Wednesday, November 16, 2011

Wasteland: Final Rating

Failing to escape the base in an hour still ends the game on a satisfactory note.
United States
Interplay (developer); Electronic Arts (publisher)
Released in 1988 for Apple II, Commodore 64; 1989 for DOS
Date Started: 2 October 2011
Date Finished: 15 November 2011
Total Hours: 33
Difficulty: Moderate-hard (3.5/5)
Final Rating: 53
Ranking at Game 360: 343/360 (95%)
A lot of people seemed upset that I didn't enter Project Darwin and encounter Finster, so I took my winning party there to see if he'd still be around, and he was. First, I had to leave Darwin Village through a special avenue that just looked like a normal way out of town before:

I had read minimal spoilers--just enough to note the base's existence--so I found it a legitimate challenge. First, I encountered Finster, a cyborg, who fell quite quickly to my energy weapons.

Then, I took his head and attached it to some android body, and one of my characters--Stetson--was pulled into his mind like in Inception or something. There were numeric puzzles, which I love, although I only got the first two. See if you can get these:

  • 2, 4, 8, 16, ___
  • 4, 2, 8, 4, 32, 16,___
  • 4, 6, 8, 12, ___

The answers to the first two are 32 (it keeps doubling) and 512 (it alternates between half the previous number and a product of the previous two numbers), which I got. The last, I guessed 16 and was told no, it was 20. If it had gone 5, 6, 8, 12, I would have guessed 20, but I don't see the sequence in this one.

I had to face a creature called a "night terror" that had thousands and thousands of hit points. It barely did a lick of damage to me, but it took me about 200 rounds to kill. At the end, I got 64,000 experience points, so I guess I shouldn't complain.

This was followed by a bunch of puzzles that involved the use of particular skills and attributes. I confess I cheated at this point; it would have taken me a long time otherwise: many of the skill and attribute uses seemed nonsensical, and I just wanted to get it done. At the end, I killed Finster a final time and got a security pass that was probably what I needed to avoid RPG-ing all those gates. Finster had one last rant and then died.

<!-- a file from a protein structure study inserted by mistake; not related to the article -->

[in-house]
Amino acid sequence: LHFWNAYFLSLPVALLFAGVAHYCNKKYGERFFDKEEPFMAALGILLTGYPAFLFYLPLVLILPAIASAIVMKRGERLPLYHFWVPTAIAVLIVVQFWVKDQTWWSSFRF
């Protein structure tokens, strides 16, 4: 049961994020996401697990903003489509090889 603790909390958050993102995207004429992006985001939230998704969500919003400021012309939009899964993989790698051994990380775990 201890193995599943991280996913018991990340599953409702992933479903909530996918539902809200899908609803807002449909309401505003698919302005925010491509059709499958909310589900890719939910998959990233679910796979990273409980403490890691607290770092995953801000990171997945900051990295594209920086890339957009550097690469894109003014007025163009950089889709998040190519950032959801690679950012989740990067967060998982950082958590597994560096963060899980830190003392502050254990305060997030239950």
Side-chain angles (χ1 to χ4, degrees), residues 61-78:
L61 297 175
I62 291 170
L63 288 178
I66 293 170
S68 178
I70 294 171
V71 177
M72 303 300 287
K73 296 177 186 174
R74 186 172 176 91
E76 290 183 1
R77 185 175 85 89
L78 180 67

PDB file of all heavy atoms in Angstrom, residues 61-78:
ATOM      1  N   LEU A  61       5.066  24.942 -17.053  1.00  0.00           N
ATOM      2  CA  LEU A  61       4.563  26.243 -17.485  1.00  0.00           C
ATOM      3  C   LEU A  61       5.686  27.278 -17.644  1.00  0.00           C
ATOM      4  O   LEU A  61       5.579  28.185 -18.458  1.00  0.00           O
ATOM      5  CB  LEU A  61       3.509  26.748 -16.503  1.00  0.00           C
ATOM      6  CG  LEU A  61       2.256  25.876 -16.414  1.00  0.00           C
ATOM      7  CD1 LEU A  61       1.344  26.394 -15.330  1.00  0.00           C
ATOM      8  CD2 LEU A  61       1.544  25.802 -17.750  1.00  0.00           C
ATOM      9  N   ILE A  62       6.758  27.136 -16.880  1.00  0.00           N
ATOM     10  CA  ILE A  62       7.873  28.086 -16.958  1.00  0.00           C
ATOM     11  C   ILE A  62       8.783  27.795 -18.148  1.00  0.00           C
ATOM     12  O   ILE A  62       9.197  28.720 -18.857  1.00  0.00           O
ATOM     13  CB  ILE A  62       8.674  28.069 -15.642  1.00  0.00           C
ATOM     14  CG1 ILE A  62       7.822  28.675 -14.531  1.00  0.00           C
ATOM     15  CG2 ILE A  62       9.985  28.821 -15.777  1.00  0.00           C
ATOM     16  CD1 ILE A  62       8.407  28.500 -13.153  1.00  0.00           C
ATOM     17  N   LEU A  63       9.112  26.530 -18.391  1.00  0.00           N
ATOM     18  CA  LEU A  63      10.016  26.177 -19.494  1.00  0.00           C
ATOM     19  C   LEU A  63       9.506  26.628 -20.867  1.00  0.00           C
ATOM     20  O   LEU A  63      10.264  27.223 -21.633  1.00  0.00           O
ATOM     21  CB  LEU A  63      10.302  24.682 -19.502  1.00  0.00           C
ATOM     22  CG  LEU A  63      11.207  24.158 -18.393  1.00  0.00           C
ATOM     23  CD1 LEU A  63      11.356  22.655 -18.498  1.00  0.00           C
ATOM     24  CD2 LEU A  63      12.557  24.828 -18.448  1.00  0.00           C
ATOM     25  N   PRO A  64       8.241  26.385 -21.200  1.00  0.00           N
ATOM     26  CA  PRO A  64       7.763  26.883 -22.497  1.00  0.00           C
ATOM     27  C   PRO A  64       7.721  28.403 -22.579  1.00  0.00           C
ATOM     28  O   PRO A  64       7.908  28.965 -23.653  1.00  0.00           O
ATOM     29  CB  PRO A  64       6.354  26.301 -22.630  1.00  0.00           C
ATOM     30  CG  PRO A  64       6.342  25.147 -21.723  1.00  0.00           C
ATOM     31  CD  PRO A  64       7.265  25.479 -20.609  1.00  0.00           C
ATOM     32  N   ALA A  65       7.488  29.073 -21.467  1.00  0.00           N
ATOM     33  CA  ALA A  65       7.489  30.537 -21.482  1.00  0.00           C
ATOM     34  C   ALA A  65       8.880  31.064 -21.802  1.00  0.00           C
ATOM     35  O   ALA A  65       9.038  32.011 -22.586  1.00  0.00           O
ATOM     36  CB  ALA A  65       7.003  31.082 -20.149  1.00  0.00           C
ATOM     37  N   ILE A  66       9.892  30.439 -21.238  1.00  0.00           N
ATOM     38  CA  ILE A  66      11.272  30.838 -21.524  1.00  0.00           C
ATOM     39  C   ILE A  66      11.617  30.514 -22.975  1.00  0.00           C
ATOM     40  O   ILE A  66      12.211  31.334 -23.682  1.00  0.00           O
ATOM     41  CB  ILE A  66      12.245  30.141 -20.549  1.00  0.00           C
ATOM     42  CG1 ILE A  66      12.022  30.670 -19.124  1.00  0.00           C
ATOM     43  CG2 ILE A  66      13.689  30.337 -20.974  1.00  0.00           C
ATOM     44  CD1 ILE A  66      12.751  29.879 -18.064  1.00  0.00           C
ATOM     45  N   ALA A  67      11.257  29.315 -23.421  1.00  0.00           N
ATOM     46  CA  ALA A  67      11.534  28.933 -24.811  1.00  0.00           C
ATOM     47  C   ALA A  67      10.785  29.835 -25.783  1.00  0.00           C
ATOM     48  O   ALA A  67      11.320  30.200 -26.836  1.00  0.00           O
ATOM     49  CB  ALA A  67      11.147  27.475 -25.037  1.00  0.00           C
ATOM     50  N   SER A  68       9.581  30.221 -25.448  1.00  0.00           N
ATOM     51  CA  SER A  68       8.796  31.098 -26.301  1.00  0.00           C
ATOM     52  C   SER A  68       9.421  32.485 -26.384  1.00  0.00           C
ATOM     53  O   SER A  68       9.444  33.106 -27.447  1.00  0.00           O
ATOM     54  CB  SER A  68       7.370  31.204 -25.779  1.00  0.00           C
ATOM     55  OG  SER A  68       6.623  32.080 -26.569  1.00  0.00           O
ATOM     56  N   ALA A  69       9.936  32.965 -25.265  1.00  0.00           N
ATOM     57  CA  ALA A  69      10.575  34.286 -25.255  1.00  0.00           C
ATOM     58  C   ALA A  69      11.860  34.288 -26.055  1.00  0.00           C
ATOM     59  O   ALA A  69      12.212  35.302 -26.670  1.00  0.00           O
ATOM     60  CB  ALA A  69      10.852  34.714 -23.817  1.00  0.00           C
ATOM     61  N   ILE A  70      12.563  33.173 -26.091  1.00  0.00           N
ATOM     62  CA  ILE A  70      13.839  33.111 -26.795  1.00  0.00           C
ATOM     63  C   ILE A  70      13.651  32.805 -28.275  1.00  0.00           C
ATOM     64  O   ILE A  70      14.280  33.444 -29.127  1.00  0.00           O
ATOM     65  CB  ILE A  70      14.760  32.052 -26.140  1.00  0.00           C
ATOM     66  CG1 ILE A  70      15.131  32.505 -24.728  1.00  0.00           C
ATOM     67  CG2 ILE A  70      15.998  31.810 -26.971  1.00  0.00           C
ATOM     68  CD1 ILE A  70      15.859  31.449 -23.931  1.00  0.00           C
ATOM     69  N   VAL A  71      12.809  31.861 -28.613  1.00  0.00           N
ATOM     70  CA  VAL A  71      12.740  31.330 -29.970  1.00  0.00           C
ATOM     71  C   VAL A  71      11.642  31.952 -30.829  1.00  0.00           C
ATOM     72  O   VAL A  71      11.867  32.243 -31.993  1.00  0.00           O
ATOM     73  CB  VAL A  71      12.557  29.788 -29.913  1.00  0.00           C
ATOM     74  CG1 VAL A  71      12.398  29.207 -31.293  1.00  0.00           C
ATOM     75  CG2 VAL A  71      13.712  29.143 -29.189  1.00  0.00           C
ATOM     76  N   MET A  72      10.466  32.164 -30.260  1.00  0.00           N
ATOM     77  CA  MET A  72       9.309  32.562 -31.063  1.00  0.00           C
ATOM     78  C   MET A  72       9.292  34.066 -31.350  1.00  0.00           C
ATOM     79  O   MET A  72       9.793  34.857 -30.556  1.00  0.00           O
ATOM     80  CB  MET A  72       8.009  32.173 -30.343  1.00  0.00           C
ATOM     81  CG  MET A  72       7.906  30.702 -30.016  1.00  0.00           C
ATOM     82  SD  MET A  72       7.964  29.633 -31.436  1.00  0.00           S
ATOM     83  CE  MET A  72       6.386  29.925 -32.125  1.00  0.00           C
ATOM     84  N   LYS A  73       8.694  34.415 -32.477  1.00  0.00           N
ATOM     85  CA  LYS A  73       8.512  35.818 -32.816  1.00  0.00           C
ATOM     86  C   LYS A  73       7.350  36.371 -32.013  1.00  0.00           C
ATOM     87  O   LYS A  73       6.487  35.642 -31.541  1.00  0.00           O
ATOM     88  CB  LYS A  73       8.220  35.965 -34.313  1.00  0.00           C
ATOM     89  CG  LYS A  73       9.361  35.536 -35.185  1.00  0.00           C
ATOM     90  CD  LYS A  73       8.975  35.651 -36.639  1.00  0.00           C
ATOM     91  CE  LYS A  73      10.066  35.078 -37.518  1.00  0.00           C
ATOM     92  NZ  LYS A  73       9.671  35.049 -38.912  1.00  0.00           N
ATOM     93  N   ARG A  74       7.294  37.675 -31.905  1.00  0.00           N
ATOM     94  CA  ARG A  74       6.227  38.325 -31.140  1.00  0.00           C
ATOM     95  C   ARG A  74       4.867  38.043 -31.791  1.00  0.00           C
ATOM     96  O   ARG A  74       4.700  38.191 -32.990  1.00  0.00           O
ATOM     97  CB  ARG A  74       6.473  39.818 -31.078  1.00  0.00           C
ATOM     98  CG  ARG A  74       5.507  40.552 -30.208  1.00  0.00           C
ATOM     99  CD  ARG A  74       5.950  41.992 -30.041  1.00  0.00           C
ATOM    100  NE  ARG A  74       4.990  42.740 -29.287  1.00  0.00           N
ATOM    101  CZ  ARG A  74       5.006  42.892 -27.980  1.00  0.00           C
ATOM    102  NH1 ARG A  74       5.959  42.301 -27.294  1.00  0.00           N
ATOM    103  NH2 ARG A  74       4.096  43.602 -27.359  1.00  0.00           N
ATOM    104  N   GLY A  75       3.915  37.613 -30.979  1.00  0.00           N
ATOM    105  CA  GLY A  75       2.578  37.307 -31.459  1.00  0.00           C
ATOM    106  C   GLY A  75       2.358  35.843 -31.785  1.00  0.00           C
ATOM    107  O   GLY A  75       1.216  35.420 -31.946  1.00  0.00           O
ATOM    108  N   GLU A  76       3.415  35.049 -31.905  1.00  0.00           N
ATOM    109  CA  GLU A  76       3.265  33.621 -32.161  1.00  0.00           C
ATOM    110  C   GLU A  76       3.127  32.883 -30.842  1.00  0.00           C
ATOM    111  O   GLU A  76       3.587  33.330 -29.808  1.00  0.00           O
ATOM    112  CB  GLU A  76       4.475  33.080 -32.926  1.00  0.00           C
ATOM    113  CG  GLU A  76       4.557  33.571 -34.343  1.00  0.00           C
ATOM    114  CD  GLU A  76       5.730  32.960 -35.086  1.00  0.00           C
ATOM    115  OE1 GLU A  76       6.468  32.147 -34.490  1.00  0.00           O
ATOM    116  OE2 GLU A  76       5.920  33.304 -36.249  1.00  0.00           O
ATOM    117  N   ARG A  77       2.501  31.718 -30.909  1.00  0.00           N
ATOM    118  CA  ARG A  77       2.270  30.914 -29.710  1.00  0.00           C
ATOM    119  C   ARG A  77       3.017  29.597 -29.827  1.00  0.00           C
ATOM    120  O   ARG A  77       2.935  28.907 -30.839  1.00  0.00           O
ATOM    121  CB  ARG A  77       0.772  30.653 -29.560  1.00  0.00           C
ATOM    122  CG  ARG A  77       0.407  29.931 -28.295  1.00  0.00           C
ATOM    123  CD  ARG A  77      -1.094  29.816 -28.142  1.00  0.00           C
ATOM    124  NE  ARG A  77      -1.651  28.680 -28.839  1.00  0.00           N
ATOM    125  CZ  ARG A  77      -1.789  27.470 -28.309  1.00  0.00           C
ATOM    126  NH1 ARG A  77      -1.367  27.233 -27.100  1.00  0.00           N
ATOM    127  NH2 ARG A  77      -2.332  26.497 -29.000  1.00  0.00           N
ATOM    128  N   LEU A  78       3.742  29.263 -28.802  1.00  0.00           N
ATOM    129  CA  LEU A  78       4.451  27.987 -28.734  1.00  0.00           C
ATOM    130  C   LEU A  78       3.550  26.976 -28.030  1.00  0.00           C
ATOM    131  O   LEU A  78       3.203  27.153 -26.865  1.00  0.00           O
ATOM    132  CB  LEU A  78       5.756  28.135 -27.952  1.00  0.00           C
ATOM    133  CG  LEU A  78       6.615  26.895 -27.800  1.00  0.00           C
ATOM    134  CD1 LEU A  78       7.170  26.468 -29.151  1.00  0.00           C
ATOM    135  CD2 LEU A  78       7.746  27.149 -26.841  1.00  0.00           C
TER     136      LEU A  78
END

The puzzles in the dungeon were interesting--some of the first truly challenging puzzles in CRPGs--but it didn't add a lot more to the game's lore.

Let's move on to the rating.

I've been doing this for almost two years, but I don't think people really understand the nature and purpose of my rating system, which I dubbed the GIMLET. The purpose of the scoring system is not to rank how good a CRPG was for its time, nor to assess it's value in the history of CRPGs. It is, rather, to assess how enjoyable it is to play the game today. The "historical value" stuff is hard to quantify, so I don't even try. I do my best to cover it in the text. But the score is supposed to allow you to rank games against each other regardless of the era. If I give Pool of Radiance a score of 65 and Fable II a score of 55, it means I think you will honestly enjoy Pool of Radiance more, even though it's more than 20 years older. I'm sick of people complaining that my scores don't take into account "how important the game was in the history of CRPGs." That's not the purpose of the score. Got it?

On the historical relevance, there is no question that Wasteland is a landmark. Matt Barton notes:

Wasteland remains the favorite CRPG of many gamers who played it back in the late 1980s, and for good reason--it's a captivating and highly innovative game that deserves its place beside The Bard's Tale. It's a testament to the game's enduring legacy that the best-selling Fallout, released in 1997, is in many ways little more than a graphical revamp of the older engine.